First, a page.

While there’s growing demand for Canadian institutional investors to get more involved with financing of startups, another big and untapped source of financing is Corporate Canada.
By investing in startups, companies can support smart and leading-edge startup entrepreneurs and, as important, gather competitive intelligence, real-world information and knowledge that can provide invaluable strategic and tactical benefits.
Unfortunately, Corporate Canada doesn’t appear to have much an appetite for startups, which is why a Globe & Mail story about Waste Management Inc. jumped out. WMI’s venture capital operation, Organic Growth, has made about 30 investments focused on the renewable energy, recycling and waste management sectors.
This includes an 11% stake in Montreal-based Enerkem Inc., including a $7.5-million directly in a commercial-scale plant being built by Enerkem in Edmonton. Organic also invested in London-based Harvest Power, which converts organic waste to fertilizer and gas, which is used to generate electricity.
The Canadian companies providing support to startups include Research in Motion, which was involved in the BlackBerry Fund and, most recently, Communitech’s HyperDrive accelerator.
Rogers Ventures was created to support startups but it has moved to Silicon Valley, so it’s unclear whether it will still actively invest in Canadian startups. Telus has a venture capital arm but it doesn’t seem be making many investments. BCE Inc. used to have a venture capital arm before it was spun off as an independent entity in 2007 (it’s now known as Summerhill Venture Partners).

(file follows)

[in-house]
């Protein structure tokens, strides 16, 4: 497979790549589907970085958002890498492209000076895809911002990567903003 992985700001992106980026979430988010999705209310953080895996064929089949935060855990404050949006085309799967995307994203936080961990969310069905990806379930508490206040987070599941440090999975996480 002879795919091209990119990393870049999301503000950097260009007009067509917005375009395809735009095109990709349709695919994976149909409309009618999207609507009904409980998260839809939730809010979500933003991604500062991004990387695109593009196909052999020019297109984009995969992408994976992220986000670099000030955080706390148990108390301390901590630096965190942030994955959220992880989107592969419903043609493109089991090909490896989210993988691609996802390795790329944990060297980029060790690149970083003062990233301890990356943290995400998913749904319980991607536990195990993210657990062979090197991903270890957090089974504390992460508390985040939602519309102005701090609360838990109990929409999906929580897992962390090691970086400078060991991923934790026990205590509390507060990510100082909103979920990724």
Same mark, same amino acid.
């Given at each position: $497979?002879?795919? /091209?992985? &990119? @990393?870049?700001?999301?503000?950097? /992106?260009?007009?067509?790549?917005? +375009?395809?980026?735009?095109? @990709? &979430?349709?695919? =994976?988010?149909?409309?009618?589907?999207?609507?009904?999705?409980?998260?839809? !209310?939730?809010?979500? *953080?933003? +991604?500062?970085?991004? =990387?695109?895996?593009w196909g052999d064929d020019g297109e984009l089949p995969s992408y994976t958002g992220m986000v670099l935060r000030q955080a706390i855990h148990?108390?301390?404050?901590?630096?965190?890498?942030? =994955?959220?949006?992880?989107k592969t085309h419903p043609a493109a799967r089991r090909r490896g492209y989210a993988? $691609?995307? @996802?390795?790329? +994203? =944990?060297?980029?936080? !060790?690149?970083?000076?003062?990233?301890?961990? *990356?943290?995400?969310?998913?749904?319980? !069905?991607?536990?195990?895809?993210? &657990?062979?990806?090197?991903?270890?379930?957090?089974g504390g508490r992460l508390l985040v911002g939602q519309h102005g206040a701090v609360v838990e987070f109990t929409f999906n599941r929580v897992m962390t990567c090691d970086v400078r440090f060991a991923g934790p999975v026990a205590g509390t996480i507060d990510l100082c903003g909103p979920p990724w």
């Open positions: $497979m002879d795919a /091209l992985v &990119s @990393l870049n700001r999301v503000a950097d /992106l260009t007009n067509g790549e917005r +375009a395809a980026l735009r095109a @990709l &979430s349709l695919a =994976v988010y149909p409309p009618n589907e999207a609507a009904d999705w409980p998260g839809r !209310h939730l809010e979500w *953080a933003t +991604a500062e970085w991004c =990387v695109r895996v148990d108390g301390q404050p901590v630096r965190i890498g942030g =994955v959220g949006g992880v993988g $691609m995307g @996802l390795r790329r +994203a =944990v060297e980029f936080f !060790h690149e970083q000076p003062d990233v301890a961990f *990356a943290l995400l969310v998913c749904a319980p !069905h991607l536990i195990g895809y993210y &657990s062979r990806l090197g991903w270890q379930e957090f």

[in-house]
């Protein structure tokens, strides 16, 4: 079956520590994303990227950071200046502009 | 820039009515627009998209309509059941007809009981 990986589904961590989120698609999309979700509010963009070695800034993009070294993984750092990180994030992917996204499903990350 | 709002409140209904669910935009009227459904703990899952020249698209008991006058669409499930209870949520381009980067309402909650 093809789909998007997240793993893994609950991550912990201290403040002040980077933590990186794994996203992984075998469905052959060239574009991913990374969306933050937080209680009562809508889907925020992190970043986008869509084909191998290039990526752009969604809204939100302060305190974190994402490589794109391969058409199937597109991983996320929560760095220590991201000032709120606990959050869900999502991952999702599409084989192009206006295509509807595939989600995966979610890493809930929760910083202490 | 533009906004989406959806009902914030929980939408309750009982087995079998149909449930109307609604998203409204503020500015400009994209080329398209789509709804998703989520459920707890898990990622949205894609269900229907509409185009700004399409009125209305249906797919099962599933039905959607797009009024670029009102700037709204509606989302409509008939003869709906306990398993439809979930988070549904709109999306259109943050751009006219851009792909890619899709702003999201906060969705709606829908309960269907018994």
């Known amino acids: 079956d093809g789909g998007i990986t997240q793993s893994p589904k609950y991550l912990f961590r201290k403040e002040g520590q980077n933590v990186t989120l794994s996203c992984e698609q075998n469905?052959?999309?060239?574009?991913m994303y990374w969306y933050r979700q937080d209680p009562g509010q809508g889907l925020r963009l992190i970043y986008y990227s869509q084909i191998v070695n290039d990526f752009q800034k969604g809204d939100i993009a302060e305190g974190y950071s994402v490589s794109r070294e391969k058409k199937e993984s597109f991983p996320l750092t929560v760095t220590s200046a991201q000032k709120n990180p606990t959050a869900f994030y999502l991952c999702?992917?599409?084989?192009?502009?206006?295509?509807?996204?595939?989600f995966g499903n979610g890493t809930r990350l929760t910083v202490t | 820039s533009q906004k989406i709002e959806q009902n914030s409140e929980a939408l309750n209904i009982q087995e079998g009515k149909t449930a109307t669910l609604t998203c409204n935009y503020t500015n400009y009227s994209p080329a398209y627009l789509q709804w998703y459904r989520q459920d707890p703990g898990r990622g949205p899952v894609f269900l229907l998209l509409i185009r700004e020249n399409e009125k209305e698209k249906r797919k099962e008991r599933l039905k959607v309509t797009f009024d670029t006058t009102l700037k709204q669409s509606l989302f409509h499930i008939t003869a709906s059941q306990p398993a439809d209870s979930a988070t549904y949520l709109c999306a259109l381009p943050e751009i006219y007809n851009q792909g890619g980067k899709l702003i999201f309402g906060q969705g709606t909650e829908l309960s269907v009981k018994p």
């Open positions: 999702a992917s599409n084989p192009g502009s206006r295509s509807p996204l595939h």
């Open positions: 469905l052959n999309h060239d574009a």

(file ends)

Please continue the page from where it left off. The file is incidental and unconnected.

In an ideal world, most of Canada’s largest corporations should be involved with startups directly or indirectly. Even putting aside a few million dollars a year would offer the potential for significant ROI, not only from the value of their investments but the insight and knowledge gained from backing entrepreneur pursuing new and innovative ideas. Loblaw, for example, could get tremendous insight into the future of e-commerce and online sales by offering startup capital.
If you know of Canadian companies investing in startups directly or indirectly, send me an email (firstname.lastname@example.org) or leave a comment.